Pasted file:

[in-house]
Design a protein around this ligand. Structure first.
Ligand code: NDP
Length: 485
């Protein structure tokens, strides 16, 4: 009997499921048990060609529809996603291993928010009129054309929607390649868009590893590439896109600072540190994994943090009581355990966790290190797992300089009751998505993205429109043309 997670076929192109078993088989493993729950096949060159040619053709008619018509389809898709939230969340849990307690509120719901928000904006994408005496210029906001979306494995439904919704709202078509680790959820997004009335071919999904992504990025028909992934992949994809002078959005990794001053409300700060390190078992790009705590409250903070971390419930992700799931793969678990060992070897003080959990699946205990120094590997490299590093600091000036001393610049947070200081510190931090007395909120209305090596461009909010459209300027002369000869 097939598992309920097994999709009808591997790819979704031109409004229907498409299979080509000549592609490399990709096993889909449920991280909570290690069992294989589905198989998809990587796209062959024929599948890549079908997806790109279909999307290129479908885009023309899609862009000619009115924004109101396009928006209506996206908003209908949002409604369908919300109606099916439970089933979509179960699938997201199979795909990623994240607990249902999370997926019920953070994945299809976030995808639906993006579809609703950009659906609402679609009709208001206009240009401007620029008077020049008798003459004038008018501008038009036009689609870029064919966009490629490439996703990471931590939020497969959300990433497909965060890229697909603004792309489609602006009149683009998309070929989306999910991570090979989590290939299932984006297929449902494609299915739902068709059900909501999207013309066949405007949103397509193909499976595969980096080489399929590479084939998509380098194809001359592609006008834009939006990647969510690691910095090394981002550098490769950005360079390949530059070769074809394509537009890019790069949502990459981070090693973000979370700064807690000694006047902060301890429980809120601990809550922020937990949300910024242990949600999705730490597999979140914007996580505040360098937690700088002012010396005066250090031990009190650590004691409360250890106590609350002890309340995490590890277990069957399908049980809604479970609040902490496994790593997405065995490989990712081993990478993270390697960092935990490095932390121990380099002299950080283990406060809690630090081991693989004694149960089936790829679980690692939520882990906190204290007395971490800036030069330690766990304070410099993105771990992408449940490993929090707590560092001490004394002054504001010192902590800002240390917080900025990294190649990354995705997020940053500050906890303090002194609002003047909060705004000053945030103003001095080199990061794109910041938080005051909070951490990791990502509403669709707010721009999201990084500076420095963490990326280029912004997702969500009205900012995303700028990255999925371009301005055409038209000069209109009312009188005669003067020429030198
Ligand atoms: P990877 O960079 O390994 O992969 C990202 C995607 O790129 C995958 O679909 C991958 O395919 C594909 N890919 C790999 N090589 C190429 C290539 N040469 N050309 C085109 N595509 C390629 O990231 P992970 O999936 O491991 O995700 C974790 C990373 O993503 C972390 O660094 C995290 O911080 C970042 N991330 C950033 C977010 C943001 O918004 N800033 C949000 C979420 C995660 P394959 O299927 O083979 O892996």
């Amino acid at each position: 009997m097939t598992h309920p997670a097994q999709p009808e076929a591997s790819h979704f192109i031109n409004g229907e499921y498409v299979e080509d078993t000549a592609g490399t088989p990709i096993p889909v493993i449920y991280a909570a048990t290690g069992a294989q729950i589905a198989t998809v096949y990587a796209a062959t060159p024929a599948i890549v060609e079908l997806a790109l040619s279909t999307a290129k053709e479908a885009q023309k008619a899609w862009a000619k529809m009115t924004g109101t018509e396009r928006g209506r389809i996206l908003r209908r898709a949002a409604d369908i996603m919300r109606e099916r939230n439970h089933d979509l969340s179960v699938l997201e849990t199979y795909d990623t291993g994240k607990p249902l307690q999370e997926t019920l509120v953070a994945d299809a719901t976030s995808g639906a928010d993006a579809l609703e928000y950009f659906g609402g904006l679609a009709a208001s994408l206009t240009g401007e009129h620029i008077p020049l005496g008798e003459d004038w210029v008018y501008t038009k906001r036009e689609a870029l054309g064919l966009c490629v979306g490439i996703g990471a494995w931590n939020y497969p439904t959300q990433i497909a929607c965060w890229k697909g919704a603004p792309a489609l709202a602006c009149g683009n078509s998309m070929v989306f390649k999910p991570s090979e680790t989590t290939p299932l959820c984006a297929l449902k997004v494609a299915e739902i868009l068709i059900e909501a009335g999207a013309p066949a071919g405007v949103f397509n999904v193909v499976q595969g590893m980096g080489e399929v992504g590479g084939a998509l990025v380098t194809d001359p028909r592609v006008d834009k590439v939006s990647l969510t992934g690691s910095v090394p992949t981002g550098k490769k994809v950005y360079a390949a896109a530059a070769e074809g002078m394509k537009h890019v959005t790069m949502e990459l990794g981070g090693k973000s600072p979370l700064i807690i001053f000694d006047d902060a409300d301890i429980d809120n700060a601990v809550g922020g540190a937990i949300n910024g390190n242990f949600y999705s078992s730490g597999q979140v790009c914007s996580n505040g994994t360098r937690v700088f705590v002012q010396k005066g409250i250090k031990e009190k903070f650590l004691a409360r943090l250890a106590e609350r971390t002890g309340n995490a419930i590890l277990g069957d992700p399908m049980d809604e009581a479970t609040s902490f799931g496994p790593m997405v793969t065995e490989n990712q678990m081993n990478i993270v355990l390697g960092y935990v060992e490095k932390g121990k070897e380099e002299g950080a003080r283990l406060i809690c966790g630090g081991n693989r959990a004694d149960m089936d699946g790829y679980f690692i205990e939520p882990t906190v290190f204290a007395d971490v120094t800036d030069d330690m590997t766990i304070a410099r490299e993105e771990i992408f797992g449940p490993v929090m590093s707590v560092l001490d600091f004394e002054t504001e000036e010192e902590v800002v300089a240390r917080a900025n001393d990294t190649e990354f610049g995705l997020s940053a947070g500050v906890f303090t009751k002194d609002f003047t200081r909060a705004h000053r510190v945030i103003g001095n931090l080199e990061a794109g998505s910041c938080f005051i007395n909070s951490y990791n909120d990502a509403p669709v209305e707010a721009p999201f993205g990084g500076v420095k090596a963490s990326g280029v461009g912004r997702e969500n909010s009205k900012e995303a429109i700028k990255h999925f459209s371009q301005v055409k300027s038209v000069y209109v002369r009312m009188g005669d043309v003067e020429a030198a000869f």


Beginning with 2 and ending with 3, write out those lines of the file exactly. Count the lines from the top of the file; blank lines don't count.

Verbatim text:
Design a protein around this ligand. Structure first.
Ligand code: NDP